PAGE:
Ratchet and Clank 2: Going Commando
A year after their inaugural outing, Ratchet and Clank return for more platform-based hijinks. We take a look at how their latest fares.
Action / Platform
By Kikizo Staff
As the custodians of arguably the two most recognized platform franchises on the system, it's interesting to note the disparate approaches adopted by developers Naughty Dog and Insomniac with regard to their respective big-name sequels. Naughty Dog have gone to great lengths to distance themselves from the light-hearted style and tone of their first Jak title, instead opting for a darker, more 'mature' sequel that, ironically, borrows the idea of gunplay from Insomniac's decidedly less adult-oriented title, Ratchet and Clank. Insomniac, on the other hand, have strayed little from their established formula, so much so in fact, that this latest title could, for all intents and purposes, be proclaimed as much the same game as its predecessor... only now, broader in scope.
One could argue that this latter approach has afforded the Insomniac team ample opportunity to refine and expand upon the gameplay found in the original, and to a certain extent, this is the case. However, with a development cycle in the region of 12 months -- an exceptionally short turnaround time in the current market -- even a casual observer would be remiss to expect any fundamental changes. The end product then, while a superbly polished and enjoyable one, shares more similarities with a PC-style expansion pack than it does a full-blown sequel; there's a new story, as well as new stages, weapons and a considerable number of mini-games, but it all amounts to much the same experience as that presented in the first game.
"Unlike Naughty Dog, Insomniac have strayed little from their established formula.
After their exploits in the first title, Ratchet and Clank are hailed as the saviours of the galaxy, and have since gone on to cash in on their newfound celebrity. In the months that pass however, their popularity wanes and they soon find themselves with very little to do. Enter Abercrombie Fizzwidget, the eccentric founder of Megacorp, who, having seen the duo's tale on TV, enlists their aid. Needless to say, things are far from what they seem, and soon the two find themselves embroiled in a conspiracy that once again threatens the galaxy, er... a different galaxy, that is.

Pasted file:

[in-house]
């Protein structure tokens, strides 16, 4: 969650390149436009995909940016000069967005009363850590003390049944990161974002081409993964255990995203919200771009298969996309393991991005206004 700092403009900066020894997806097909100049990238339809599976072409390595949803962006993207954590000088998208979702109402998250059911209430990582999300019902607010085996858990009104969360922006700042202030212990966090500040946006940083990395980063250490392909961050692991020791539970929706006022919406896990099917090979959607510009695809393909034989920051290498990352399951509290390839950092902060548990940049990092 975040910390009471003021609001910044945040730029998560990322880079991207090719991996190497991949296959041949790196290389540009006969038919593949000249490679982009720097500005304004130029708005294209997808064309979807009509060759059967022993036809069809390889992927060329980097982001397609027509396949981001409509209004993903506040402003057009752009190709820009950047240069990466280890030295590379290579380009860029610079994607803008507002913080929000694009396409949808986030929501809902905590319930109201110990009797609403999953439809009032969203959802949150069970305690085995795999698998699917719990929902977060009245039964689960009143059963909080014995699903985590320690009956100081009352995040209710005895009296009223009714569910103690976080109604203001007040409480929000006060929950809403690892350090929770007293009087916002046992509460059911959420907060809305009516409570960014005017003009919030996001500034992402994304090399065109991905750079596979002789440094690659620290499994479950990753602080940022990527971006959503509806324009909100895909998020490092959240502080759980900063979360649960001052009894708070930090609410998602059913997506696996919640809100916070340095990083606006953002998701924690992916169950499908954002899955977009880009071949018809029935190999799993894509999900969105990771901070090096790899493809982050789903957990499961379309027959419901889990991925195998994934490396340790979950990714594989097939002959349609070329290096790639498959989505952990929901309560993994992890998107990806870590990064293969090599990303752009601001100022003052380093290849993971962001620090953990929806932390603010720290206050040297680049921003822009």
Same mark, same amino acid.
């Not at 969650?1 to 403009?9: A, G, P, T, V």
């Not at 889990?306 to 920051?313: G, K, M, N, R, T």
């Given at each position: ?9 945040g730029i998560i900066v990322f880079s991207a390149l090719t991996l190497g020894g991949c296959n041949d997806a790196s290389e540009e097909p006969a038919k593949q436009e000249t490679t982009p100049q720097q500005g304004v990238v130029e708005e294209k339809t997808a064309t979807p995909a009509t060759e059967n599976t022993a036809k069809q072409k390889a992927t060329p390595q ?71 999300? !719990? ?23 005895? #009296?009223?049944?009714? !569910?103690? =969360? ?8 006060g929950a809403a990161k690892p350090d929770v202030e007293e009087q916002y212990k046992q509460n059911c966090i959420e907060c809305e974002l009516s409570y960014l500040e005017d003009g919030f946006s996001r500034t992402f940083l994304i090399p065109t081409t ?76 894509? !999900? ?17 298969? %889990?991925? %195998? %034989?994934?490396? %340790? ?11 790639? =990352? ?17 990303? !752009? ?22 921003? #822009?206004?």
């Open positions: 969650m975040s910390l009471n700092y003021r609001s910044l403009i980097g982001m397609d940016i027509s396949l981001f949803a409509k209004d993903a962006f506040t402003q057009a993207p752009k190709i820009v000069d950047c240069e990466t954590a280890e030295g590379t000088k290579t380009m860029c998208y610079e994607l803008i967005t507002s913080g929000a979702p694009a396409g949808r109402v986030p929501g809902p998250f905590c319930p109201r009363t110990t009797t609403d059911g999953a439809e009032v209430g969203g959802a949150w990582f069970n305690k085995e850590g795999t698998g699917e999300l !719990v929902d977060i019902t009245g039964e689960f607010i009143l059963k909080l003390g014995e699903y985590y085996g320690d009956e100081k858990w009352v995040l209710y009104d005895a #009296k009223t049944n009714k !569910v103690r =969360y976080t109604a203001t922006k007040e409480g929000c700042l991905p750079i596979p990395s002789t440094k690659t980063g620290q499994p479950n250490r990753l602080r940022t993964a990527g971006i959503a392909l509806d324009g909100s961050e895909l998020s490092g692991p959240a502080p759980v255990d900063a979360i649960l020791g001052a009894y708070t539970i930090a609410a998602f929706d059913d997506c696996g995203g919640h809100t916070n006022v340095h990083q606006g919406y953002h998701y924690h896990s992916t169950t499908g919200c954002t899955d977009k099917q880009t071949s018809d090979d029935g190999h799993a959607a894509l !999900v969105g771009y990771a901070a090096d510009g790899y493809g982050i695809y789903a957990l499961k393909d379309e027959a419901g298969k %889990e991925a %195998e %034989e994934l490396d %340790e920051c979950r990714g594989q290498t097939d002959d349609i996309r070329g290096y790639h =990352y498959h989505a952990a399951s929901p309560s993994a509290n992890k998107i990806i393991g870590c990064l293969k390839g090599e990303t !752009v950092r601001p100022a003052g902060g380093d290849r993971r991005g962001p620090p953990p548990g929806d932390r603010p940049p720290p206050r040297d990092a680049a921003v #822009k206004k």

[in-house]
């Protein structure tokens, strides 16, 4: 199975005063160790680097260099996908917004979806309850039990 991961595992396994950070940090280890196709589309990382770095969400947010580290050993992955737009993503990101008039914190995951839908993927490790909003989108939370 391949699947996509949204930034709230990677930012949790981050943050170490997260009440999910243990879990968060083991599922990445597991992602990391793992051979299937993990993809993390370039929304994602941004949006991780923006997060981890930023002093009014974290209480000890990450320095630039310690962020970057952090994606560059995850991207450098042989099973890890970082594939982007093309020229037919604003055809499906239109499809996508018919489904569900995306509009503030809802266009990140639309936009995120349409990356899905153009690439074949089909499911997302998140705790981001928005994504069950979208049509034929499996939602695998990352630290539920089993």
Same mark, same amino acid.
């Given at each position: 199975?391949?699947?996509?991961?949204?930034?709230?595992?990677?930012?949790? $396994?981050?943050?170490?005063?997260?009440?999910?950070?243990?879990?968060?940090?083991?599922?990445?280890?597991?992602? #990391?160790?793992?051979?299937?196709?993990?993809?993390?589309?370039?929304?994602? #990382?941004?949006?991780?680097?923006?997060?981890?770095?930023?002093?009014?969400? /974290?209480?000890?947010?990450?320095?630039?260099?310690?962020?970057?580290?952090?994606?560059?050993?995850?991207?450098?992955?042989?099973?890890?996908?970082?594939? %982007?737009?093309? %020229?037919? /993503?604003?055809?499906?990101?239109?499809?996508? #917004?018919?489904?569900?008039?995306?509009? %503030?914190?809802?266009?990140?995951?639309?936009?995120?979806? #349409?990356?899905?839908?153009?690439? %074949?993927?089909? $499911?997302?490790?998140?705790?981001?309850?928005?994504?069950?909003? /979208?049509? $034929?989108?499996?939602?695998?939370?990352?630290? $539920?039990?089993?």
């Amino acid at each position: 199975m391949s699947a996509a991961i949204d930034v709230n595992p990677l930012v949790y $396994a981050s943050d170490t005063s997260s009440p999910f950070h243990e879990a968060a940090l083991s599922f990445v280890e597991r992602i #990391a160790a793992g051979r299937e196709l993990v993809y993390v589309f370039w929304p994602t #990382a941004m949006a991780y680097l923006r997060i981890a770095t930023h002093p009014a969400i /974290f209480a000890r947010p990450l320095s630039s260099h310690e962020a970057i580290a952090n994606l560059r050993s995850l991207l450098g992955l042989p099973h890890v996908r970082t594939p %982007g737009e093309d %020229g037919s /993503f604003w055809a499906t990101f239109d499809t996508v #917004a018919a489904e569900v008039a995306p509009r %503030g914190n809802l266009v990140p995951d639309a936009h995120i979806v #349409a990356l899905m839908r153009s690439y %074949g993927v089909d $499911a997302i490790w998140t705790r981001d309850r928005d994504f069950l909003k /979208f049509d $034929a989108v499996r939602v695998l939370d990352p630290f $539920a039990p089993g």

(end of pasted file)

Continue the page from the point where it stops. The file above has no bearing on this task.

Enemies like this robotic monstrosity make R&C2 a blast.
From there, players resume their wayfaring ways, hopping between a series of planets, while completing the requisite objectives on each in order to acquire new weapons, gadgets and coordinates that will lead them to yet more locations. Bolts too, reprise their role as the currency of choice, and once again players are expected to accumulate an inordinate number of these in order to fund the acquisition of weapons and ammunition, and to occasionally prise information from avaricious NPCs. Bolts will only get you so far however, and in this iteration players will find themselves having to accrue items such as crystals, raritanium, moonstones and platinum bolts in order to get what they need. As before, weapons and gadgets lie at the heart of Ratchet's exploits, and to that end Insomniac have once again assembled a diverse cache of items that are a great deal of fun to use. In a departure from the previous title though, weapons now possess experience and through continued use can be upgraded to a second, more powerful form.
"The game shares more similarities with a PC-style expansion pack than it does a full-blown sequel.
The effect this has on gameplay is two-fold. First, it prevents the player from constantly using only a single weapon, because while it may prove the most effective armament in your arsenal at a given time, further into the title you'll need a far more diverse selection of effective weapons in order to progress. Secondly, it offers an incentive for players to use weapons they might not otherwise like, if for no other reason than to see what possible advantages its second form will provide. Ratchet too, can accrue experience through battle, earning extra Nanotech (health) points as he does so. As the smaller half of the interplanetary duo, Clank's gameplay has also been expanded some, and when controlling him, players will find that they can enlist the aid of specific robots to not only attack his enemies in his stead, but to build bridges, destroy obstacles and perform other such rudimentary functions, all at the behest of Clank himself.